Courgette, carrot and dill salad


2 x courgettes
2 x carrots
1 x bunch of dill
Juice 1 x lemon

This recipe is super easy if you have a food processor with a grating function. If not, you’re going to need strong arm muscles and a cheese grater as you need to grate all of the carrot and courgette before putting into a large bowl.

Next, chop up the dill and mix into the courgette and carrot.

Pour the freshly squeezed lemon juice over the veg whilst stirring. You can add black pepper to taste.

Super easy!

Creamy pesto dressing


1 x block firm silken tofu (I used Mori-nu 394g pack)
1 x jar (185g) vegan friendly pesto (or you can make your own if you have time!)
½ x tsp salt
½ x tsp black pepper
1 x tsp garlic powder
½ x cup soya milk (or any dairy replacement).
2 x tbsp. nutritional yeast

Put the tofu, pesto, salt, pepper, garlic powder and milk into a blender. Blend until smooth.

The sauce will taste a bit “beany “so next step is to transfer into a small saucepan and heat whilst stirring (a silicon spatula is perfect for this).

Once the dressing begins to bubble*, take off the heat and add the nutritional yeast. You will have to stir fairly vigorously to make sure its mixed in well with no lumps.

*Please take care because the sauce has a tendency to spit!

Allow to cool and serve over your salad.


I combined my salad and dressing with some roasted baby hasselback potatoes and some chili and coriander beans. Satisfying, healthy, cruelty free and importantly,  delicious!


Ps, should my Romanian hosts happen to stumble across this post, I would like to thank them wholeheartedly for looking after me so well and going to such lengths to ensure that I was happy and well fed! ♥


2. Vegan fishcakes

Fish cakes


So, as I mentioned in my first ever blog, I have decided to try and stick to a vegan diet for a fortnight to see how I get on. I’m anticipating it to be pretty hard work considering my husband is a hardcore carnivore…

Since the majority of my family are from Grimsby, I felt that I had to find a veggie / vegan fish alternative that didn’t taste like crap!
Inspired by the lonesome, singular sheet of nori I inevitably always seem to have leftover from making sushi, I came up with the following recipe for vegan fishcakes.

They don’t have the same flaky quality of fish, or the exact fishy flavor, but they were close enough to keep my haddock cravings at bay (my favorite white fish before I turned veggie). They are also pretty tasty and the delightfully crispy coating gives them a nice bit of texture without being too unhealthy.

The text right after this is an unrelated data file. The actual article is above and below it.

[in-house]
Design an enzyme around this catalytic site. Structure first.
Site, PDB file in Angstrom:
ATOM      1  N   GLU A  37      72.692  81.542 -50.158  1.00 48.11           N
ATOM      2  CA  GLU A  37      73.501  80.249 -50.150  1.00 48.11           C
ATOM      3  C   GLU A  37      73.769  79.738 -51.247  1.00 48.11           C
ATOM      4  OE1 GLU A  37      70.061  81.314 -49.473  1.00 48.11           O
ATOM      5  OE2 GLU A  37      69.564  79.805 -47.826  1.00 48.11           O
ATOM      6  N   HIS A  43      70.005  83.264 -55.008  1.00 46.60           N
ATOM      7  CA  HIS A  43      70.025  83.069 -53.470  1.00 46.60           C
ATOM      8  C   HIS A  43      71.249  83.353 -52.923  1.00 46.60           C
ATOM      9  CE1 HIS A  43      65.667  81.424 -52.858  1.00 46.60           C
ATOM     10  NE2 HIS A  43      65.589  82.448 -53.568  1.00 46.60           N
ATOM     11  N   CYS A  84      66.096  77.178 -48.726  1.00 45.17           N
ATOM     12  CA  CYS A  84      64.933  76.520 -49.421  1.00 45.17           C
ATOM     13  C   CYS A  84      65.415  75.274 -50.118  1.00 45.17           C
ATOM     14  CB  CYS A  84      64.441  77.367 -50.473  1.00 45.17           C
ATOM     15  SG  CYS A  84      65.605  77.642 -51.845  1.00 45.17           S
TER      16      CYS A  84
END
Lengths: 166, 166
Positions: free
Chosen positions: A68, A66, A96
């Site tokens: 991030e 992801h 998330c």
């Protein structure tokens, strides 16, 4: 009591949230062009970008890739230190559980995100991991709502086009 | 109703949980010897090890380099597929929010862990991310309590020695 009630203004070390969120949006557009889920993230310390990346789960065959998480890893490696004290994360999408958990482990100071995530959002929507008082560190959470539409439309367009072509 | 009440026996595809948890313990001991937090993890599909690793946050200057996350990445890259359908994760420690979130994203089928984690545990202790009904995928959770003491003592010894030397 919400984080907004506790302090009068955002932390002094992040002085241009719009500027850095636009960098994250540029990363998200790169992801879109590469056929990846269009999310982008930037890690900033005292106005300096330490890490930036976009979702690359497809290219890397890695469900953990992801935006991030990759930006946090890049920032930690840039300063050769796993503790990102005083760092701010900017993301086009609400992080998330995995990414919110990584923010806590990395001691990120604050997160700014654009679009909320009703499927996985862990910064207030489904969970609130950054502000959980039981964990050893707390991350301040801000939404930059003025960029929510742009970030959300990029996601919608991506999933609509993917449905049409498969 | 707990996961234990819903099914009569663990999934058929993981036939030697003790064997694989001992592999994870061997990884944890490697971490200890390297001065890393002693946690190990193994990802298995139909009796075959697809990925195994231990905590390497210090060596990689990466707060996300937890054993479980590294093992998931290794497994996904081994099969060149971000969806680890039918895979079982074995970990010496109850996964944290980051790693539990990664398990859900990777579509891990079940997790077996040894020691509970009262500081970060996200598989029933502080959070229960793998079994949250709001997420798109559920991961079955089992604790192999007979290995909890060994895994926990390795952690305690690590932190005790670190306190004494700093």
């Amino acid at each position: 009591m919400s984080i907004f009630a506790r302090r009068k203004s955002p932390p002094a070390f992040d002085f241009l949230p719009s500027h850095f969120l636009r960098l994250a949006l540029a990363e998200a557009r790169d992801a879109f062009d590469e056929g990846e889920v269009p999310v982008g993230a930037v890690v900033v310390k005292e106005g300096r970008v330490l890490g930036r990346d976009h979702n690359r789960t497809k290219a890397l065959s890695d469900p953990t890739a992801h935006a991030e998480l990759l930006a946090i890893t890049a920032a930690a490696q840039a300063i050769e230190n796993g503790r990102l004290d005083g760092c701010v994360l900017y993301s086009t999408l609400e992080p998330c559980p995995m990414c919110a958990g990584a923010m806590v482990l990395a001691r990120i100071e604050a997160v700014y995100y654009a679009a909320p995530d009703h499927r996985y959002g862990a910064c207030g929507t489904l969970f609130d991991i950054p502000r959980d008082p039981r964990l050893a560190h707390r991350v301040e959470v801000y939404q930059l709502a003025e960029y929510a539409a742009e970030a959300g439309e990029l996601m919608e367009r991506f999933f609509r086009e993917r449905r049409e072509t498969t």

I used:

  • 1 sheet of nori,
  • 1 wholemeal bread bun (any leftover bread would suffice),
  • 1 block of firm tofu,
  • 1 fresh lemon,
  • 1 sprig of fresh parsley,
  • 1 splash of oat milk (any milk alternative would work).
  • Black pepper to taste.

Firstly, I pressed my block of tofu for 12 hours. I wanted that bad boy to be nice and firm! There are many tutorials on how to press tofu out there on the web, but my preferred method involves using one of those baking trays with the small holes in (designed to help crisp up your oven chips, I think?). A couple of sheets of kitchen roll also works – you just need to get the liquid away from the tofu.

Holey oven tray (or kitchen roll) goes on top of a non-holey oven tray.
Put the tofu on top.
Then another oven tray goes on top of the tofu.
Then add a pan filled with dried peas or a bag of pasta or anything else heavy on top of everything to act as a weight.
You’d be amazed at how much liquid comes off!

Pressing tofu

Once pressed and firm, the tofu can be cut into fishcake sized pieces. I got 4 fishcakes out of one block.

Next, prepare your breadcrumbs. I simply whizzed up a slightly stale bread bun along with my leftover sheet of nori, the parsley and a bit of black pepper in a food processor.

Once the breadcrumbs are ready, chop the lemon into two. Keep one half as a garnish for later on and juice the other half. Add the juice to a splash of oat milk and mix.

Dip each side of each piece of tofu into the lemony-milk mixture, before rolling in the breadcrumbs. You might need to gently pat the breadcrumbs onto the tofu to ensure that they stick.

Place each breaded piece of tofu onto a non-stick baking tray (you can lightly oil the tray if you wish) and bung into the oven at 180oC for 20 minutes. Turn every now and then to make sure they cook evenly.

I served mine with a fresh salad consisting of leaves, tomato, white cabbage, fresh chives and a sprinkling of pumpkin, sunflower, sesame and flax seeds. I also made some vegan tartare sauce by whizzing up some vegan mayo with a squeeze of lemon juice and some mini gherkins. Delish!!!

Fish cake on fork

Carnivorous husband rated these 6 out of 10 because they tasted “too much like fried egg whites”. How a vegan fishcake tasted like egg I’ll never know, but I’d have scored myself an 8 because I really enjoyed them!

I hope anyone who tries to follow this recipe enjoys their “fishcakes” too.